An earthquake just shook Taiwan; it appears to not be devastating, catastrophic like the one in Haiti in January.

The hits keep coming.

Miranda Lambert's song "House That Built Me" has officially turned me to country music.  It's lied dormant for years and is finally set free.  The best friend and mother love it.  Now the boyfriend is constantly tuned in.  I knew I was goner when I heard "Johnny and June" for the first time.  A 'new to me' song by Heidi Newfield was exactly what I've been searching for though these rocky and shifting times.

These past few months have been incredibly challenging.  Blow after blow after blow after blow; barely enough time to catch your breath before you dodge another right hook.  Miraculously I have managed to find my footing but the ground continues to shake beneath my worn out boots.

The sun came out for the first time yesterday.  The world is slowly waking; the ground is blotchy with snow and the birds have started to call to the sun, welcoming Her back for another season.  For the first time, maybe ever, I can hear their song and share its plight.  I long for Spring.  I have always considered Fall my favorite season: the leaves, the sweaters, the cider, the air.  Fall is the smell of brand new pencils and the fading of summer tans.  The appeal of Spring has been lost on me until now.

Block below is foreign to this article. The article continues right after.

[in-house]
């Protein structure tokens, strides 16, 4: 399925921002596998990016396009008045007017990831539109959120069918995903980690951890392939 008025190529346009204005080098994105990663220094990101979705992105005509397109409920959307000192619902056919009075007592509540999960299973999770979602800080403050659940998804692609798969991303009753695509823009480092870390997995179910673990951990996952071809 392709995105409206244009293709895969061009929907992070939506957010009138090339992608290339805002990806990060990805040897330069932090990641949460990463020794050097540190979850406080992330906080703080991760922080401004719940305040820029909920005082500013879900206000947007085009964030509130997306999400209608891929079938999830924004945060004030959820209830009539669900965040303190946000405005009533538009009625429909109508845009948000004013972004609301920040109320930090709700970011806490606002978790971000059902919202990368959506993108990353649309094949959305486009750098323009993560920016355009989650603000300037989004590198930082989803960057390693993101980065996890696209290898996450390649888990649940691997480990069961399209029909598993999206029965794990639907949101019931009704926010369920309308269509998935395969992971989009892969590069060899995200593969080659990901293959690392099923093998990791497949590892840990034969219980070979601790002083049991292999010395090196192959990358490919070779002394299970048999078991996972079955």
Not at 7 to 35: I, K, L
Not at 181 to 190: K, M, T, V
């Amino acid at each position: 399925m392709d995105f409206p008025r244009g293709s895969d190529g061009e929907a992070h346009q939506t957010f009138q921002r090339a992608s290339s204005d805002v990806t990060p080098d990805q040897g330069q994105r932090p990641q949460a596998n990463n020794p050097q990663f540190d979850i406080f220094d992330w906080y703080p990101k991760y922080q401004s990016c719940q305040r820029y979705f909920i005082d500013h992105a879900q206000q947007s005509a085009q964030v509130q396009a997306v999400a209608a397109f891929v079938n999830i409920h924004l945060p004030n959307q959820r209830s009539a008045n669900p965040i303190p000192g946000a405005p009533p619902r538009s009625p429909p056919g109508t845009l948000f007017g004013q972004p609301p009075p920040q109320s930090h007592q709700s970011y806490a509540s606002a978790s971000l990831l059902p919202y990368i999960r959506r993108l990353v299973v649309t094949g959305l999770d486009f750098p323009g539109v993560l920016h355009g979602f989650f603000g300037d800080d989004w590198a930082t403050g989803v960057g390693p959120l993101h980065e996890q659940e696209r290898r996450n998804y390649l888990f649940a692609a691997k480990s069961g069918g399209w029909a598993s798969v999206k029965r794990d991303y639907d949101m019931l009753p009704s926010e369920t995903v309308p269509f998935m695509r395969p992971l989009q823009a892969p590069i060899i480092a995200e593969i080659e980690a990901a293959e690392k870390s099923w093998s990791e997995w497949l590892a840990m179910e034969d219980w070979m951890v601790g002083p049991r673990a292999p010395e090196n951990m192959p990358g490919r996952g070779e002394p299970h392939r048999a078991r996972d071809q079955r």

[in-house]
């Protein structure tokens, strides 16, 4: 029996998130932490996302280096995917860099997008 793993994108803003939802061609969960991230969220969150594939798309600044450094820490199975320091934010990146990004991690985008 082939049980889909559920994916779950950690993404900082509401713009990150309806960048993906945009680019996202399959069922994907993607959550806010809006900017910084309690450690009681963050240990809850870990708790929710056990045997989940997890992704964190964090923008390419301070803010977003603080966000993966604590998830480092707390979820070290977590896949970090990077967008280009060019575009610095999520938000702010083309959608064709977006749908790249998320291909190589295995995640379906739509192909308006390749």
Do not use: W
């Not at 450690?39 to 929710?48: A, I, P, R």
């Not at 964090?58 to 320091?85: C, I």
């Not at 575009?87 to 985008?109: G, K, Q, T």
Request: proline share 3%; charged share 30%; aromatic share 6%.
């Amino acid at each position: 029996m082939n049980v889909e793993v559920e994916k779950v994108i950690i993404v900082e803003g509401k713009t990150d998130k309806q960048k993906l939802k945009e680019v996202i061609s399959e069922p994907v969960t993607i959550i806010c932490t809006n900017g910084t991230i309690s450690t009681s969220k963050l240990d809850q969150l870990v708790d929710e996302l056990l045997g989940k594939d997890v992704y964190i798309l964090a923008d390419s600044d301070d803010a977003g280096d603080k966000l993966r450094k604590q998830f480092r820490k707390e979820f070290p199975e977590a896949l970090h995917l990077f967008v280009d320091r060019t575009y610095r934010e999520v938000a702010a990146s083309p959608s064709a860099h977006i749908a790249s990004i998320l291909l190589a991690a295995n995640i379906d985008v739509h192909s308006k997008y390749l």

Right now female polar bears are leaving dens for the first time in four months.  They have been living in darkness with no food for almost 122 days.  The sun has come out and her cubs, who most likely will not survive their first year on earth, are seeing the world for the first time.  Polar bear cubs are born blind and deaf; they are hearing for the first time, too.  The entire world is new.

Almost immediately the mother and cubs will begin a treacherous journey across miles and miles (and miles and miles) of the Arctic Circle; she and her young must reach the glaciers before they are completely separated from the shoreline if any of them want to live.  They make this trek alone: the male of the species will actually try to kill the cubs.

But for now, there is sun, freedom, and a brave new world for the mother and her cubs.  There is something so incredibly magical about that.  I want connect with that feeling of bliss.  I want to feel the sun warm my face and not worry about the trek set before me.  No melting glaciers for me today: in this moment, I am still.

With each bird's call, with each new bud, with each setting sun, I can feel the world crying in unison, "It's almost here!  It's almost here!  It's almost here!".  Hope electrifies the air.  Hope, anticipation, and joy.

Can you feel it?